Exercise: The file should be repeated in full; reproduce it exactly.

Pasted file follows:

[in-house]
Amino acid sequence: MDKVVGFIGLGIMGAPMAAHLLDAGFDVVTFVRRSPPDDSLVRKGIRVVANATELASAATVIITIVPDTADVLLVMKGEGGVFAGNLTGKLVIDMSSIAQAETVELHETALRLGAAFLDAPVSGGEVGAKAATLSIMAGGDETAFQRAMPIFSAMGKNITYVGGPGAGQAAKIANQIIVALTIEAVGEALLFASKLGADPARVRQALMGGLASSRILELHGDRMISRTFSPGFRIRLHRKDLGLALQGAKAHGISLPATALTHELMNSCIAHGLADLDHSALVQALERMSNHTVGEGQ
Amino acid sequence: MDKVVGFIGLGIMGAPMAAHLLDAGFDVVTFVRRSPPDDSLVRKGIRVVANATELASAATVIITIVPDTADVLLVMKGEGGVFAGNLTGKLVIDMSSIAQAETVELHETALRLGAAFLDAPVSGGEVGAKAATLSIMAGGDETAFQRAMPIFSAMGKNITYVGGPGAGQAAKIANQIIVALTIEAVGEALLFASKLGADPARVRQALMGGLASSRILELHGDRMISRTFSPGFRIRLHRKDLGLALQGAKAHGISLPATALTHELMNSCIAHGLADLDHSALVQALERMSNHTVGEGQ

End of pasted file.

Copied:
[in-house]
Amino acid sequence: MDKVVGFIGLGIMGAPMAAHLLDAGFDVVTFVRRSPPDDSLVRKGIRVVANATELASAATVIITIVPDTADVLLVMKGEGGVFAGNLTGKLVIDMSSIAQAETVELHETALRLGAAFLDAPVSGGEVGAKAATLSIMAGGDETAFQRAMPIFSAMGKNITYVGGPGAGQAAKIANQIIVALTIEAVGEALLFASKLGADPARVRQALMGGLASSRILELHGDRMISRTFSPGFRIRLHRKDLGLALQGAKAHGISLPATALTHELMNSCIAHGLADLDHSALVQALERMSNHTVGEGQ
Amino acid sequence: MDKVVGFIGLGIMGAPMAAHLLDAGFDVVTFVRRSPPDDSLVRKGIRVVANATELASAATVIITIVPDTADVLLVMKGEGGVFAGNLTGKLVIDMSSIAQAETVELHETALRLGAAFLDAPVSGGEVGAKAATLSIMAGGDETAFQRAMPIFSAMGKNITYVGGPGAGQAAKIANQIIVALTIEAVGEALLFASKLGADPARVRQALMGGLASSRILELHGDRMISRTFSPGFRIRLHRKDLGLALQGAKAHGISLPATALTHELMNSCIAHGLADLDHSALVQALERMSNHTVGEGQ